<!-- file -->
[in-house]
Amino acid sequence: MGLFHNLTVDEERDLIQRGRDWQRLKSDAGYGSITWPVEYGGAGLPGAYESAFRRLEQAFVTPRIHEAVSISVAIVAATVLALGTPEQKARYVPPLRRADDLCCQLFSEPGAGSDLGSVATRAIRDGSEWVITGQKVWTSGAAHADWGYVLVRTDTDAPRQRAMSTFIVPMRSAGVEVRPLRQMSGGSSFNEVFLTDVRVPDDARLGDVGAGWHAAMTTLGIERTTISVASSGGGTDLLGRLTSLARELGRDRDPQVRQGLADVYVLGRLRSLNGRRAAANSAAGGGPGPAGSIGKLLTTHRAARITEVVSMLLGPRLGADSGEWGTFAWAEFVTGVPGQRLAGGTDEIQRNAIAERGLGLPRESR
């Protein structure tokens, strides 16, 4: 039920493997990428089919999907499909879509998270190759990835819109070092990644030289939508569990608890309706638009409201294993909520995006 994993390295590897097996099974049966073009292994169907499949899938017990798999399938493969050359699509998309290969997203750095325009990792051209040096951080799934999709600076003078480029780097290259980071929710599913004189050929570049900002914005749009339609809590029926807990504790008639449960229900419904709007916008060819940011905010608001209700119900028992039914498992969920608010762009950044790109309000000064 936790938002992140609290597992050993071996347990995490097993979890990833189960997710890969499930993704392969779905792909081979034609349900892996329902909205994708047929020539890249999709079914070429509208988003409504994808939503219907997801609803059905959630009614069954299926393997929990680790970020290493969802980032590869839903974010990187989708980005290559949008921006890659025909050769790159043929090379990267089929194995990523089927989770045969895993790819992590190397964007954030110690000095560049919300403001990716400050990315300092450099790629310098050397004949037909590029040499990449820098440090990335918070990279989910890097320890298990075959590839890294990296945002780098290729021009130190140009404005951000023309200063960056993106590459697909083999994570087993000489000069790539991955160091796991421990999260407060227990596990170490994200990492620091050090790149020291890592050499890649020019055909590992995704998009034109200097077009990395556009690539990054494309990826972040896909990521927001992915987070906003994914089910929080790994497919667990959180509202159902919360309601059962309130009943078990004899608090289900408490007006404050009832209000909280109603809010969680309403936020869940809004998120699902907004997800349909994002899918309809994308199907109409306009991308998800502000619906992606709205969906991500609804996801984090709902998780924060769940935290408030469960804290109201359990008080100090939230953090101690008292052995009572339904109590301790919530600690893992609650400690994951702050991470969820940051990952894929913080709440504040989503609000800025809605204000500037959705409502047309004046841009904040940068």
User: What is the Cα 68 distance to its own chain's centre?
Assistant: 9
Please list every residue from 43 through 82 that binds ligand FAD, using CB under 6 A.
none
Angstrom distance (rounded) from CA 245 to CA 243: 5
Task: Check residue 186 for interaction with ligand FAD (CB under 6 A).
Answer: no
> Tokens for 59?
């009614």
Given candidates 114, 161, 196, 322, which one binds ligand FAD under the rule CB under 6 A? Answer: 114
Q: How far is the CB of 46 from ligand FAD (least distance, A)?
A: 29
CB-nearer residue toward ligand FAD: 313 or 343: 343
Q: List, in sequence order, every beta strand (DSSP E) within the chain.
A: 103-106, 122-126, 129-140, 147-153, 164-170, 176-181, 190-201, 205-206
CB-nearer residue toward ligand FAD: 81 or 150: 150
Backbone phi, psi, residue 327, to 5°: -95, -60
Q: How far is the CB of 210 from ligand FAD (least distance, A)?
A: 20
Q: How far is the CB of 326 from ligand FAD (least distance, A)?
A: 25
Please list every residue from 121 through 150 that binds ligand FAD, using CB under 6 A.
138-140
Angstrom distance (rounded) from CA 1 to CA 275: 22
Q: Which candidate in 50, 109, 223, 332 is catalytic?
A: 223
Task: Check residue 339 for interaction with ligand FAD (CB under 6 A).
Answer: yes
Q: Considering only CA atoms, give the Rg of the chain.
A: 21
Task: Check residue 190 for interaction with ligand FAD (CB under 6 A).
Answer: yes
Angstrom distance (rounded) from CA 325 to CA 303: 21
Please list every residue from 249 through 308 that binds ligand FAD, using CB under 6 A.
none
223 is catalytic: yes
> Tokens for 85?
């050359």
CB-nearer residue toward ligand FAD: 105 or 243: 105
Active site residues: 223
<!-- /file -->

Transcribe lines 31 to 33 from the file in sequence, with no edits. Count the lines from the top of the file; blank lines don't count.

Answer: yes
Q: Considering only CA atoms, give the Rg of the chain.
A: 21